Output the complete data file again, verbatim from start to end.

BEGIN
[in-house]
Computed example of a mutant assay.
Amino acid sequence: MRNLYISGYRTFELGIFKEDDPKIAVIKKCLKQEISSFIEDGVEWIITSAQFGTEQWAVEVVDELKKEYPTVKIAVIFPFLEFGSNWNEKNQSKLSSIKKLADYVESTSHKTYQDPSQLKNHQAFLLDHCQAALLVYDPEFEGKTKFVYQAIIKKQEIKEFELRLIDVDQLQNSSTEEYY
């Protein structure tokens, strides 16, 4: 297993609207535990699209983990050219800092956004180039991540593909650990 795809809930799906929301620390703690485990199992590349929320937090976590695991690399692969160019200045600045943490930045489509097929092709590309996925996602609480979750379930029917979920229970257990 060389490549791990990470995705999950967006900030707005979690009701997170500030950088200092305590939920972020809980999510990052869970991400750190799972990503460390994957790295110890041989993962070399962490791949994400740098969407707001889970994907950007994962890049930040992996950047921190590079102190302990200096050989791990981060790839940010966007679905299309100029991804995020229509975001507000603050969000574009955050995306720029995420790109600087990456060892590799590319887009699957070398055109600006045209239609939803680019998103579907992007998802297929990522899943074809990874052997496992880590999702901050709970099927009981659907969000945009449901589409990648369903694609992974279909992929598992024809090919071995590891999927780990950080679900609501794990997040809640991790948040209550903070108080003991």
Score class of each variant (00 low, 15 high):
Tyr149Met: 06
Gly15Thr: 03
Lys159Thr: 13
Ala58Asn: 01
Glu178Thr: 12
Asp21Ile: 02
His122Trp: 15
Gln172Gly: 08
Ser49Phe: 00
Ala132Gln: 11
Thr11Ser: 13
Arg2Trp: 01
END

[in-house]
Computed example of a mutant assay.
Amino acid sequence: MRNLYISGYRTFELGIFKEDDPKIAVIKKCLKQEISSFIEDGVEWIITSAQFGTEQWAVEVVDELKKEYPTVKIAVIFPFLEFGSNWNEKNQSKLSSIKKLADYVESTSHKTYQDPSQLKNHQAFLLDHCQAALLVYDPEFEGKTKFVYQAIIKKQEIKEFELRLIDVDQLQNSSTEEYY
């Protein structure tokens, strides 16, 4: 297993609207535990699209983990050219800092956004180039991540593909650990 795809809930799906929301620390703690485990199992590349929320937090976590695991690399692969160019200045600045943490930045489509097929092709590309996925996602609480979750379930029917979920229970257990 060389490549791990990470995705999950967006900030707005979690009701997170500030950088200092305590939920972020809980999510990052869970991400750190799972990503460390994957790295110890041989993962070399962490791949994400740098969407707001889970994907950007994962890049930040992996950047921190590079102190302990200096050989791990981060790839940010966007679905299309100029991804995020229509975001507000603050969000574009955050995306720029995420790109600087990456060892590799590319887009699957070398055109600006045209239609939803680019998103579907992007998802297929990522899943074809990874052997496992880590999702901050709970099927009981659907969000945009449901589409990648369903694609992974279909992929598992024809090919071995590891999927780990950080679900609501794990997040809640991790948040209550903070108080003991």
Score class of each variant (00 low, 15 high):
Tyr149Met: 06
Gly15Thr: 03
Lys159Thr: 13
Ala58Asn: 01
Glu178Thr: 12
Asp21Ile: 02
His122Trp: 15
Gln172Gly: 08
Ser49Phe: 00
Ala132Gln: 11
Thr11Ser: 13
Arg2Trp: 01